# Invertibility of linear operators on infinite dimensional vector space

Let $E$ be a finite dimensional vector space, and $T$ a bounded linear operator from $E\rightarrow E$. In this case:

$$T \text{ invertible} \leftrightarrow \text{null } T = \{0\}$$

In an infinite dimensional vector space, this is not the case, but I am struggling to see how that is true. Can you help me find an example of an invertible operator that has a non-trivial nullspace? Or if that does not exist, then an operator with a trivial null space that is not invertible?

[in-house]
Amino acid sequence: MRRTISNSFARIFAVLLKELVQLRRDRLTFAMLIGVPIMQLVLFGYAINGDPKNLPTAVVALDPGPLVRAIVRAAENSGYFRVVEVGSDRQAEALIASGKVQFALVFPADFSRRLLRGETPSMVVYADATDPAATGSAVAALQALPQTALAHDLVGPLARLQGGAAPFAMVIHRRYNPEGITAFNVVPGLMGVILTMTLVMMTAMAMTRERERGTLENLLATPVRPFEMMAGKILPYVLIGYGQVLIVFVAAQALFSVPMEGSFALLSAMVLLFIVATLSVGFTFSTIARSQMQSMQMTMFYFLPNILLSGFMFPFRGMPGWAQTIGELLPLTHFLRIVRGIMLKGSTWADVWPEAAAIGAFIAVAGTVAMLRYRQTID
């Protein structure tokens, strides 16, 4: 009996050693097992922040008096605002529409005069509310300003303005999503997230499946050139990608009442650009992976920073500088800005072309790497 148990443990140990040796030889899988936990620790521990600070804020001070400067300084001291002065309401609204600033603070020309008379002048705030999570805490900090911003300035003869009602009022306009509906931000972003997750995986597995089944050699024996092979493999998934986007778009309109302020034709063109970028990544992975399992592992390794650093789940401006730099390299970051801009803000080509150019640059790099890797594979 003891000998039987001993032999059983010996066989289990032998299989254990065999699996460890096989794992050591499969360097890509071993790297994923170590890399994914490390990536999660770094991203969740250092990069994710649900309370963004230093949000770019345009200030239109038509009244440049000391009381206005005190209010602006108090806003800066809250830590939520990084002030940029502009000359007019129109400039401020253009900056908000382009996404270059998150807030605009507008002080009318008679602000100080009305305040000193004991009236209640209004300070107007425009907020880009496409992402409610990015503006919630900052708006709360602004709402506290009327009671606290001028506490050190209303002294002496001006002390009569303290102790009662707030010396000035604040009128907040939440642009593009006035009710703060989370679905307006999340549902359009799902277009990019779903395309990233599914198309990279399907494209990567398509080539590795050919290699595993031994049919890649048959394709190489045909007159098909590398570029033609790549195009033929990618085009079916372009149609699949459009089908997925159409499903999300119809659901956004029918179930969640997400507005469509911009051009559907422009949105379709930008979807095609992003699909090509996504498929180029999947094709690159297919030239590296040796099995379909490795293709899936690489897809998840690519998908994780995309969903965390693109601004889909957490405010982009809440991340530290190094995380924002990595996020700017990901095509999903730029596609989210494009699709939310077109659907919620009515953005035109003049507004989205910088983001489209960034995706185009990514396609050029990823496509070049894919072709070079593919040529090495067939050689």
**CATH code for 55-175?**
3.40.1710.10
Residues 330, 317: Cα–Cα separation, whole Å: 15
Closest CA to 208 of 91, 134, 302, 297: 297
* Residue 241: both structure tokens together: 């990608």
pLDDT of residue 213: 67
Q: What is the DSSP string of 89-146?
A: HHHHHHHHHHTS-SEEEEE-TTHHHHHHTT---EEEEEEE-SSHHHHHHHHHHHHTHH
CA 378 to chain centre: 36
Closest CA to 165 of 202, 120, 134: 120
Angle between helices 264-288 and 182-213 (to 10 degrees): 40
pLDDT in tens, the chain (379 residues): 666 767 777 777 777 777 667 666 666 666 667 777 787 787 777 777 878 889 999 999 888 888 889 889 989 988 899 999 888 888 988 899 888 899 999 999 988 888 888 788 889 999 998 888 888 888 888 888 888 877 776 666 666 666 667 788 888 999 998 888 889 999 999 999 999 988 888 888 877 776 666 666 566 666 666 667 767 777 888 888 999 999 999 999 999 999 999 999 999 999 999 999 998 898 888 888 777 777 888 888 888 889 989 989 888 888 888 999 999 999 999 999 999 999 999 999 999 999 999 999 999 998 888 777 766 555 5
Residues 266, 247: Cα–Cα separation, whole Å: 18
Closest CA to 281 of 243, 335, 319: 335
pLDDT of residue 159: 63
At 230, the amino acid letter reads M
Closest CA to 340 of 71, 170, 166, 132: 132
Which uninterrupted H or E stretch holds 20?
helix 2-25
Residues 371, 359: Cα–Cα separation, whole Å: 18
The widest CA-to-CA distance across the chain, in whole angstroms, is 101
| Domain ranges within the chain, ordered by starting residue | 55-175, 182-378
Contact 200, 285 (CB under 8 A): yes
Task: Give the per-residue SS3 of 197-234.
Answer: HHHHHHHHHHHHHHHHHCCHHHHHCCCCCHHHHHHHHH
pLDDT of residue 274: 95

For some context, I am trying to better understand the difference between spectrum of an operator and its eigenvalues--and this seems to be the central issue.

Consider the shift operator defined by $T(e_n)=e_{n+1}$ in $Vect(e_0,..,e_n,...)$ its image does not contains $e_0$, so it is not surjective.